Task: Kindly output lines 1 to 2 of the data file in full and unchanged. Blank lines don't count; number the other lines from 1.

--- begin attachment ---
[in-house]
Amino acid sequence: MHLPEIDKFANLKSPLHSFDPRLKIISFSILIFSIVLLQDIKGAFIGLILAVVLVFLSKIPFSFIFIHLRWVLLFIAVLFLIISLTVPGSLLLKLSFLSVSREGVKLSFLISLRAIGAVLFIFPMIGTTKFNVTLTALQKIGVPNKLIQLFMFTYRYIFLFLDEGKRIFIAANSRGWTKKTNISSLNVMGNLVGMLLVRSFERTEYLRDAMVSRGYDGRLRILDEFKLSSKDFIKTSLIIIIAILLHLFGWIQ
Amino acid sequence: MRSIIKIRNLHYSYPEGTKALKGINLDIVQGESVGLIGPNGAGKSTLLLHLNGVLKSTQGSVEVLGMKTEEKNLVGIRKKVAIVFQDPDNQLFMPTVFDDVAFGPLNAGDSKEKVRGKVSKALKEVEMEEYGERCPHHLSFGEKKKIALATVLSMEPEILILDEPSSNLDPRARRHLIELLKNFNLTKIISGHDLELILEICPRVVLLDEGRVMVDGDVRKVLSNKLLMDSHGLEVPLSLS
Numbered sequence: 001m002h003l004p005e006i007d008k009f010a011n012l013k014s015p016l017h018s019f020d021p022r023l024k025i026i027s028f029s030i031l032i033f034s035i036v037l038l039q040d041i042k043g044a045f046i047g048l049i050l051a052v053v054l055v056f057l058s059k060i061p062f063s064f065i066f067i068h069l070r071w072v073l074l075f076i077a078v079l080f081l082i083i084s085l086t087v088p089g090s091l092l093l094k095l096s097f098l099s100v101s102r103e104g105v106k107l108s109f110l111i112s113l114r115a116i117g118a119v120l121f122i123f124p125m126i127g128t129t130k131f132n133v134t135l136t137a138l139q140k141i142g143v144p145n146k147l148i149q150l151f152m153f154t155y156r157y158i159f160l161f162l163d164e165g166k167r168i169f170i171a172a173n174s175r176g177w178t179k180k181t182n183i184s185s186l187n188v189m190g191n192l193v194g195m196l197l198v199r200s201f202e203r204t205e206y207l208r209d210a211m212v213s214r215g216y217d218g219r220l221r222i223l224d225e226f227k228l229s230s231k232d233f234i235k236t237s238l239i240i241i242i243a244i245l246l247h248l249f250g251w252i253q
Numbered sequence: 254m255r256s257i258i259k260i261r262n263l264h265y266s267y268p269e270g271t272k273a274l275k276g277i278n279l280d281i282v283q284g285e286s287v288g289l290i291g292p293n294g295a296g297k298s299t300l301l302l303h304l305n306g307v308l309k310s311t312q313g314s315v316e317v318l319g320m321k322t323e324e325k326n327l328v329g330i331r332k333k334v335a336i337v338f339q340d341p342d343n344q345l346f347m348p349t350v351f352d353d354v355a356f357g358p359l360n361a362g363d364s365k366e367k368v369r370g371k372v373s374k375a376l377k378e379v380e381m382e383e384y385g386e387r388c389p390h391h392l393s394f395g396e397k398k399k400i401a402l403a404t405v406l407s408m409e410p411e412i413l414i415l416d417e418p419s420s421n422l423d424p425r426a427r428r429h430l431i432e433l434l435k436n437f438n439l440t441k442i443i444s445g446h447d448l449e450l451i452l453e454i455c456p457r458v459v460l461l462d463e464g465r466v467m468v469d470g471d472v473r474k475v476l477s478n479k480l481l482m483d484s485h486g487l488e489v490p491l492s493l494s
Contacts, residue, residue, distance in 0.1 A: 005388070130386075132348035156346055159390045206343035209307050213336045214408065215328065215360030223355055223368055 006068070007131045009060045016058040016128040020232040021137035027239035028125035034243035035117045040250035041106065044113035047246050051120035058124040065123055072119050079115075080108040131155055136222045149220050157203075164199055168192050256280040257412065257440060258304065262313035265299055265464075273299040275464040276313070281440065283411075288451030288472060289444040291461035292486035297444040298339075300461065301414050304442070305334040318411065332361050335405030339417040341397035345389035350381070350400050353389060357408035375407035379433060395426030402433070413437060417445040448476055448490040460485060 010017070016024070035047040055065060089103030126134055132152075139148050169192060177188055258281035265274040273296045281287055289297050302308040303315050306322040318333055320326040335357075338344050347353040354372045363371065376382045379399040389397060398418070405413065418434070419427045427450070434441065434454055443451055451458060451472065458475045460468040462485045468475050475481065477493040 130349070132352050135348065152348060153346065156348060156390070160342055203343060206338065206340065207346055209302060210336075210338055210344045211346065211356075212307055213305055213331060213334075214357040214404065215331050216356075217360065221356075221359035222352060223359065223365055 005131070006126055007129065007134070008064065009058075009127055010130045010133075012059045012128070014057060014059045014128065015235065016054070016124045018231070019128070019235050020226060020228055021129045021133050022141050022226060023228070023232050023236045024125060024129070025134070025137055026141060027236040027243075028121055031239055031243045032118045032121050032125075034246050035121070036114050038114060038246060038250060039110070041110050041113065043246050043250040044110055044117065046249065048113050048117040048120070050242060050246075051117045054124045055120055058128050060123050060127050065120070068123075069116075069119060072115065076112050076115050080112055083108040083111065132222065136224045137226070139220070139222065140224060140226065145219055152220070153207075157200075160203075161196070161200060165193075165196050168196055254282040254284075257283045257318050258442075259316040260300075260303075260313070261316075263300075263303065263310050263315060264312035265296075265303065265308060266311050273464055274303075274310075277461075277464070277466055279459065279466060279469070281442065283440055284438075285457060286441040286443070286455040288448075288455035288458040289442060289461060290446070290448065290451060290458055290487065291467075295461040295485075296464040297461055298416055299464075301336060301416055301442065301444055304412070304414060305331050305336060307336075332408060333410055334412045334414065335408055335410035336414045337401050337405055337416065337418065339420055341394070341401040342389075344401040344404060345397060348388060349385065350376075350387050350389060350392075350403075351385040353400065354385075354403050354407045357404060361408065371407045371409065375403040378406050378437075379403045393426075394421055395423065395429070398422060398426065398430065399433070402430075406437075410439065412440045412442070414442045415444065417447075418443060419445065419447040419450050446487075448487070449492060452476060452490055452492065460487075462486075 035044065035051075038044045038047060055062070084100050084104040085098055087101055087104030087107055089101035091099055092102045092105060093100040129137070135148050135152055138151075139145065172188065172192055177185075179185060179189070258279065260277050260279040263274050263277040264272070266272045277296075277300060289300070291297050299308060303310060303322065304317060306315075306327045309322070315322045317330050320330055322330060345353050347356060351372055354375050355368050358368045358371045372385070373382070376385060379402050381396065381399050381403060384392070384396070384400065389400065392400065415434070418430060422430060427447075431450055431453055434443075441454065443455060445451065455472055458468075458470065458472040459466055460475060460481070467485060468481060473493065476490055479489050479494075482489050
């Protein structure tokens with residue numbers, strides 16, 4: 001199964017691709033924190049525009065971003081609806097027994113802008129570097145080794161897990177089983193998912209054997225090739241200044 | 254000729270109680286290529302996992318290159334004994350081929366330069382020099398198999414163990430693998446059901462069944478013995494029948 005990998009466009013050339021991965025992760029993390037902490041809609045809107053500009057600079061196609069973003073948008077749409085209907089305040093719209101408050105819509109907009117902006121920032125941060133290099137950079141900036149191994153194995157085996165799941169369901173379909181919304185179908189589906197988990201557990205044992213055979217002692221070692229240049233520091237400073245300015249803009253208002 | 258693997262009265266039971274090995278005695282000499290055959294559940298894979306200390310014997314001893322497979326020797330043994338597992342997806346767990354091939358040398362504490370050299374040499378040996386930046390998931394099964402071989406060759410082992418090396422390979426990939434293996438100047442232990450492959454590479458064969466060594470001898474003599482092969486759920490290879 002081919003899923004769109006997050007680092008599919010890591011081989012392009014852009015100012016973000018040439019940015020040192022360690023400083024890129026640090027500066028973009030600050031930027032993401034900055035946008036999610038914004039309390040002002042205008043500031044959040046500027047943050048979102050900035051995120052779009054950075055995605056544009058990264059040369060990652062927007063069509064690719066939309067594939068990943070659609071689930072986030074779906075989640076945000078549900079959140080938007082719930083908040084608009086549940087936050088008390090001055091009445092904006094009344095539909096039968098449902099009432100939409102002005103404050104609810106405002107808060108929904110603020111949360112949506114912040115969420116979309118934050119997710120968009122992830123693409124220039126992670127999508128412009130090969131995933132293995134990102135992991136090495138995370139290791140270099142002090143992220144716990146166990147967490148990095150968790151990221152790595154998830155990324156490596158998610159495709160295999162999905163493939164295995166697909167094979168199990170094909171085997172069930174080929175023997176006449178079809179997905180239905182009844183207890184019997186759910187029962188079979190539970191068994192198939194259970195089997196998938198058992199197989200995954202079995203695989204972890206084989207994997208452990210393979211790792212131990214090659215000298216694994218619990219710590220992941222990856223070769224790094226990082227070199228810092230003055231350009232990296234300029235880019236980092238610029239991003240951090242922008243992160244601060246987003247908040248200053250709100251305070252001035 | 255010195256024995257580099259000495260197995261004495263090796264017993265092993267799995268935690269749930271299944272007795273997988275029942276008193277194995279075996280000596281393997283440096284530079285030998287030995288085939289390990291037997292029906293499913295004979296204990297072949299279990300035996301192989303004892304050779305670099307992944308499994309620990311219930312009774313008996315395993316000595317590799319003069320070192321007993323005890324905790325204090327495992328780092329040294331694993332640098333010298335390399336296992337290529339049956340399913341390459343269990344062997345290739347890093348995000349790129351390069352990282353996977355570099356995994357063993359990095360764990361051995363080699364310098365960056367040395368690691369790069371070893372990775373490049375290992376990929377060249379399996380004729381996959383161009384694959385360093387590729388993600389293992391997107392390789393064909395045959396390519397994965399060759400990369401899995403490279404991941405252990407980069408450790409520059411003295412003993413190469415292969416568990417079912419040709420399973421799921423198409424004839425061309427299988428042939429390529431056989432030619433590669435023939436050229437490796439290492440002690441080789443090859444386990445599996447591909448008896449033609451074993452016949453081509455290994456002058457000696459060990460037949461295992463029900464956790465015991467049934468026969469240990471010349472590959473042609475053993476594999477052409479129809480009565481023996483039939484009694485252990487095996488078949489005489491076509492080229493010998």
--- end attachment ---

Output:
[in-house]
Amino acid sequence: MHLPEIDKFANLKSPLHSFDPRLKIISFSILIFSIVLLQDIKGAFIGLILAVVLVFLSKIPFSFIFIHLRWVLLFIAVLFLIISLTVPGSLLLKLSFLSVSREGVKLSFLISLRAIGAVLFIFPMIGTTKFNVTLTALQKIGVPNKLIQLFMFTYRYIFLFLDEGKRIFIAANSRGWTKKTNISSLNVMGNLVGMLLVRSFERTEYLRDAMVSRGYDGRLRILDEFKLSSKDFIKTSLIIIIAILLHLFGWIQ